Are You an Inspirational Leader?
The theme of the recent Baldrige Fall Conference in Milwaukee was “Inspire.” Every speaker, panelist, and keynote speaker seemed to touch on the theme but in a way that I hadn’t expected. They spoke about the role of leaders in inspiring their workforce and its particular importance in the time of the Great Resignation and the Quiet Quit.
Nearly every industry is facing recruiting and retention challenges. Staffing shortages have brought many healthcare organizations to the brink of a crisis. What were the lessons we learned at the conference that could help you in your organization?
The first is to think about what words come to mind when you feel inspired. We heard, “energized,” “confident,” “excited to participate,” “curious,” “eager,” and “involved.” How would you like those words to describe your workforce all the way to your front-line staff?
Transparency with Business Results
Dr. Bryan Williams, formerly of the Ritz Carlton, recounted his days as a busboy and how he knew from their daily huddles what the previous day’s revenue, profit, and occupancy was and the forecast for them for the current day. What did sharing that information mean to a busboy? It meant that he was entrusted with the knowledge of important business metrics. In doing so, Bryan was empowered to act like a steward for the organization’s assets. We have a client in long-term care whose longest tenured certified nursing assistant (CNA) came up with the slogan, “Work like you own it!” That resonated with the rest of the staff so much so that they ordered t-shirts emblazoned with the slogan which they proudly wore during state surveys, quality award program site visits, and tours of their center. As a result, their organization’s culture was critical to their winning the AHCA/NCAL National Quality Award.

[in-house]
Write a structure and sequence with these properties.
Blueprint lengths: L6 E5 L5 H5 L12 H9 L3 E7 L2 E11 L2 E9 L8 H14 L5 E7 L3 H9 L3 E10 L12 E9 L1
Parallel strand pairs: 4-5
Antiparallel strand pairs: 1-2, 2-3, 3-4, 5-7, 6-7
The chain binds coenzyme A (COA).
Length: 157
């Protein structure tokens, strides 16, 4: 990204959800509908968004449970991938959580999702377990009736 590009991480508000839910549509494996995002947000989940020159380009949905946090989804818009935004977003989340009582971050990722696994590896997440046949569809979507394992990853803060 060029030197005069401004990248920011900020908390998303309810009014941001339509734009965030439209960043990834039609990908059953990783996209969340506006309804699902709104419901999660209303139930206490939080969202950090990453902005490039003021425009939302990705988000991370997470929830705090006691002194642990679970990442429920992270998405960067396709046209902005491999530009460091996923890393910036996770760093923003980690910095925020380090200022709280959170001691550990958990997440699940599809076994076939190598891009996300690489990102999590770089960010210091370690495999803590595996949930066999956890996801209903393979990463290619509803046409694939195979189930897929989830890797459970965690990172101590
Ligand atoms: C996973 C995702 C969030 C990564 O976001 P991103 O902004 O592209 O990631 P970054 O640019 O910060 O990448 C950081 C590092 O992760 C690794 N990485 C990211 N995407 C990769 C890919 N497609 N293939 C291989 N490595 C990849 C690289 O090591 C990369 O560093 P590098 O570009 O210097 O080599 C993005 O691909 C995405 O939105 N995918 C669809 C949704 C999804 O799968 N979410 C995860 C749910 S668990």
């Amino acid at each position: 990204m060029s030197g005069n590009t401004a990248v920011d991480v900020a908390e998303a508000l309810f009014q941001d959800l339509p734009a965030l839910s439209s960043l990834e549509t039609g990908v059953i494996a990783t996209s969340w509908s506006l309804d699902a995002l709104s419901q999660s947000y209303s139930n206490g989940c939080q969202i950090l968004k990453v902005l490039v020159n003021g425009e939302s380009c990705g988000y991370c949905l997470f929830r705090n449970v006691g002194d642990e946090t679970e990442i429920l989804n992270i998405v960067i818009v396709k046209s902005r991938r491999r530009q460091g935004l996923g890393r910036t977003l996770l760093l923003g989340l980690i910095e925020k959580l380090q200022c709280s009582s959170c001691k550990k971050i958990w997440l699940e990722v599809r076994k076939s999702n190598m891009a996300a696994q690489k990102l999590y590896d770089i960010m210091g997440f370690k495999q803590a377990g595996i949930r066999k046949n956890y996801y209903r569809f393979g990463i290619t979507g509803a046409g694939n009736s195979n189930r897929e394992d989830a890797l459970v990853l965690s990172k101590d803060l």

Don’t Be Stingy with Recognition
Sincere appreciation for a job well done, for a can-do attitude, and for going the extra mile can pay big dividends. This is part of the power of rounding on employees, which has become a hallmark for employee engagement in health care. And recognition doesn’t have to be costly or elaborate. Another client of ours in long-term care was trying to address employee turnover and dissatisfaction showing up on their annual satisfaction survey. One root cause was a perceived lack of appreciation and respect by supervisors and senior leaders. The senior leaders came up with a program they call, “If you see it, say it.” This is a reminder that if they observe an employee doing a good job or being extra caring with a resident to stop and provide genuine recognition in the moment.
Dan Heath, one of the keynote speakers, is coauthor of the New York Times bestseller, “The Power of Moments,” says in his latest book, “Defining moments shape our lives, but we don’t have to wait for them to happen. We can be the authors of them.” What moments can you “write” for your employees?
Excite with Excellence
Another keynote speaker, Horst Schulze, co-founder and former president of the Ritz Carlton, described how it was able to outperform the hospitality industry with its significantly lower turnover rate by attracting employees who were attracted to working for an organization with a reputation for excellence. Although the Ritz Carlton received the Malcolm Baldrige National Quality Award twice, other organizations without that distinction can attract employees with leaders who paint a vision of excellence. Most people are not inspired by mediocrity or even being a bit better than average, but many are proud to work for organizations that are on the path to performance excellence.
Connect People with Purpose
This topic shows up regularly in white papers, articles in business journals, podcasts, research conducted by Great Places to Work, the Gallup Organization, and others. It features prominently in our book, “Leading the Malcolm Baldrige Way: How World-Class Leaders Align Their Organizations to Deliver Exceptional Results” having been cited by nearly every executive we interviewed. The speakers at the Inspire-themed conference were no different. They described the intentional ways they ensured that every employee in their organizations was connected to a higher purpose. In Simon Sinek’s best seller, “Start with the Why,” he says, “There are only two ways to influence human behavior: you can manipulate it or you can inspire it.” Ah, there’s that word again, “inspire.”
Are you yourself inspired? If not, you may need to seek out something that resonates with you to resurrect your own inspiration – counsel from a trusted mentor or advisor, a heartfelt discussion with a loved one, perhaps even a book or Ted Talk. And once you’ve regained or tapped into your own inspiration, seek out ways you can inspire others. As we heard from the speakers at this incredible conference, it’s possible to be an inspirational leader in any industry, in any setting, at any time. All it takes is a willingness to be intentional about engaging your employees. Where will you start?